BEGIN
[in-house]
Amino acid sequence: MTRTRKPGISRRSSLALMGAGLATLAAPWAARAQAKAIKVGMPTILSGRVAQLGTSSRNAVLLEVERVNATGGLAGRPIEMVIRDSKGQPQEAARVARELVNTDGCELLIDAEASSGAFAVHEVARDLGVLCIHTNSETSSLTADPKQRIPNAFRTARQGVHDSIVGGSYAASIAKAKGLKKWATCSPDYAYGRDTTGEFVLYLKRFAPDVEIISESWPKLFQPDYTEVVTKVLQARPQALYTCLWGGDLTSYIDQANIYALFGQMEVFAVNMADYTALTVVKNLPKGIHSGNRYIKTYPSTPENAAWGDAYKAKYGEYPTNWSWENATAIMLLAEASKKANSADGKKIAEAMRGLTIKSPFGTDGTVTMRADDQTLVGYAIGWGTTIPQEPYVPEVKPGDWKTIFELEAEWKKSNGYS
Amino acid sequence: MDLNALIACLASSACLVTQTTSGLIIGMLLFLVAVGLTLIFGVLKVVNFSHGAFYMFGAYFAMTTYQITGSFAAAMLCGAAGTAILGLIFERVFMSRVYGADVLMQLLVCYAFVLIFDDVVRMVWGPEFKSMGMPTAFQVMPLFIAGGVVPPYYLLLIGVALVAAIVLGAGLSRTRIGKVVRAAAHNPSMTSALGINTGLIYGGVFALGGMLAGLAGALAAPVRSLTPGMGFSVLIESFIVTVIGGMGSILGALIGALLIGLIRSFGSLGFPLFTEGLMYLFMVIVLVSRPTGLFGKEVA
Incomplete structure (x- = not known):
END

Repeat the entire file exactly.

[in-house]
Amino acid sequence: MTRTRKPGISRRSSLALMGAGLATLAAPWAARAQAKAIKVGMPTILSGRVAQLGTSSRNAVLLEVERVNATGGLAGRPIEMVIRDSKGQPQEAARVARELVNTDGCELLIDAEASSGAFAVHEVARDLGVLCIHTNSETSSLTADPKQRIPNAFRTARQGVHDSIVGGSYAASIAKAKGLKKWATCSPDYAYGRDTTGEFVLYLKRFAPDVEIISESWPKLFQPDYTEVVTKVLQARPQALYTCLWGGDLTSYIDQANIYALFGQMEVFAVNMADYTALTVVKNLPKGIHSGNRYIKTYPSTPENAAWGDAYKAKYGEYPTNWSWENATAIMLLAEASKKANSADGKKIAEAMRGLTIKSPFGTDGTVTMRADDQTLVGYAIGWGTTIPQEPYVPEVKPGDWKTIFELEAEWKKSNGYS
Amino acid sequence: MDLNALIACLASSACLVTQTTSGLIIGMLLFLVAVGLTLIFGVLKVVNFSHGAFYMFGAYFAMTTYQITGSFAAAMLCGAAGTAILGLIFERVFMSRVYGADVLMQLLVCYAFVLIFDDVVRMVWGPEFKSMGMPTAFQVMPLFIAGGVVPPYYLLLIGVALVAAIVLGAGLSRTRIGKVVRAAAHNPSMTSALGINTGLIYGGVFALGGMLAGLAGALAAPVRSLTPGMGFSVLIESFIVTVIGGMGSILGALIGALLIGLIRSFGSLGFPLFTEGLMYLFMVIVLVSRPTGLFGKEVA
Incomplete structure (x- = not known):